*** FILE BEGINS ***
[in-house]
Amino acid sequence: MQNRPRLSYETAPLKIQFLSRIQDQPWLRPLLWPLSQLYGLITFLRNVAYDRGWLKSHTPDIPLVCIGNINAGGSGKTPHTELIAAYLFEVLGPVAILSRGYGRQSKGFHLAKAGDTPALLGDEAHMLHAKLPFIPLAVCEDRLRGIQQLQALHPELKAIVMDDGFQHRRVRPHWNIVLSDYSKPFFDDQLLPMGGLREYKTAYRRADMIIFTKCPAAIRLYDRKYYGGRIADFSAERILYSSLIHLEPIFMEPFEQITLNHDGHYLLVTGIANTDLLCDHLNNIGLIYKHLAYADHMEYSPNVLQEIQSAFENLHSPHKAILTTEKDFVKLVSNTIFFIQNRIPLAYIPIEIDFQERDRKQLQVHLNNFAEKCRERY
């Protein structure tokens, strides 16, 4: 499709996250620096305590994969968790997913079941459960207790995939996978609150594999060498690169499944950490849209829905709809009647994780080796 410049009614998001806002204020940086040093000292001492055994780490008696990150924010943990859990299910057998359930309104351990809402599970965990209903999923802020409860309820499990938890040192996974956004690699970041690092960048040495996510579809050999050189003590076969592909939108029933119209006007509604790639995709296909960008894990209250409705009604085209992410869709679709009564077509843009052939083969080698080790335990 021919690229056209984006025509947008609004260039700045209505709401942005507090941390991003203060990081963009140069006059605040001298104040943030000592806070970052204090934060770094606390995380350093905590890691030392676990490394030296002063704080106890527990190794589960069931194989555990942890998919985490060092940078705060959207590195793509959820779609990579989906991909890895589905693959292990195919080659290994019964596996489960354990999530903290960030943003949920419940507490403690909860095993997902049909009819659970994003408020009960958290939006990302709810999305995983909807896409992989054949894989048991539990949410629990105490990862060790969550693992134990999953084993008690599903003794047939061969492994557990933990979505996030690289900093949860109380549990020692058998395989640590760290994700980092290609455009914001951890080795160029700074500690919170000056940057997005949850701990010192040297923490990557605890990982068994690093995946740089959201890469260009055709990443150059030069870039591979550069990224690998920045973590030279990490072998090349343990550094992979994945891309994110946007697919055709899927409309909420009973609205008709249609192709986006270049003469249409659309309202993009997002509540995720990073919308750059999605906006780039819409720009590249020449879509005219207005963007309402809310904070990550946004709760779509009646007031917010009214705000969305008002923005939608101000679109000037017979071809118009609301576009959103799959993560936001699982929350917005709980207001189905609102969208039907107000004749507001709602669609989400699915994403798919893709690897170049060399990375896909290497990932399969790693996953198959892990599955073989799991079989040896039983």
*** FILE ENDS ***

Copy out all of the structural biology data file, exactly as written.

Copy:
[in-house]
Amino acid sequence: MQNRPRLSYETAPLKIQFLSRIQDQPWLRPLLWPLSQLYGLITFLRNVAYDRGWLKSHTPDIPLVCIGNINAGGSGKTPHTELIAAYLFEVLGPVAILSRGYGRQSKGFHLAKAGDTPALLGDEAHMLHAKLPFIPLAVCEDRLRGIQQLQALHPELKAIVMDDGFQHRRVRPHWNIVLSDYSKPFFDDQLLPMGGLREYKTAYRRADMIIFTKCPAAIRLYDRKYYGGRIADFSAERILYSSLIHLEPIFMEPFEQITLNHDGHYLLVTGIANTDLLCDHLNNIGLIYKHLAYADHMEYSPNVLQEIQSAFENLHSPHKAILTTEKDFVKLVSNTIFFIQNRIPLAYIPIEIDFQERDRKQLQVHLNNFAEKCRERY
């Protein structure tokens, strides 16, 4: 499709996250620096305590994969968790997913079941459960207790995939996978609150594999060498690169499944950490849209829905709809009647994780080796 410049009614998001806002204020940086040093000292001492055994780490008696990150924010943990859990299910057998359930309104351990809402599970965990209903999923802020409860309820499990938890040192996974956004690699970041690092960048040495996510579809050999050189003590076969592909939108029933119209006007509604790639995709296909960008894990209250409705009604085209992410869709679709009564077509843009052939083969080698080790335990 021919690229056209984006025509947008609004260039700045209505709401942005507090941390991003203060990081963009140069006059605040001298104040943030000592806070970052204090934060770094606390995380350093905590890691030392676990490394030296002063704080106890527990190794589960069931194989555990942890998919985490060092940078705060959207590195793509959820779609990579989906991909890895589905693959292990195919080659290994019964596996489960354990999530903290960030943003949920419940507490403690909860095993997902049909009819659970994003408020009960958290939006990302709810999305995983909807896409992989054949894989048991539990949410629990105490990862060790969550693992134990999953084993008690599903003794047939061969492994557990933990979505996030690289900093949860109380549990020692058998395989640590760290994700980092290609455009914001951890080795160029700074500690919170000056940057997005949850701990010192040297923490990557605890990982068994690093995946740089959201890469260009055709990443150059030069870039591979550069990224690998920045973590030279990490072998090349343990550094992979994945891309994110946007697919055709899927409309909420009973609205008709249609192709986006270049003469249409659309309202993009997002509540995720990073919308750059999605906006780039819409720009590249020449879509005219207005963007309402809310904070990550946004709760779509009646007031917010009214705000969305008002923005939608101000679109000037017979071809118009609301576009959103799959993560936001699982929350917005709980207001189905609102969208039907107000004749507001709602669609989400699915994403798919893709690897170049060399990375896909290497990932399969790693996953198959892990599955073989799991079989040896039983």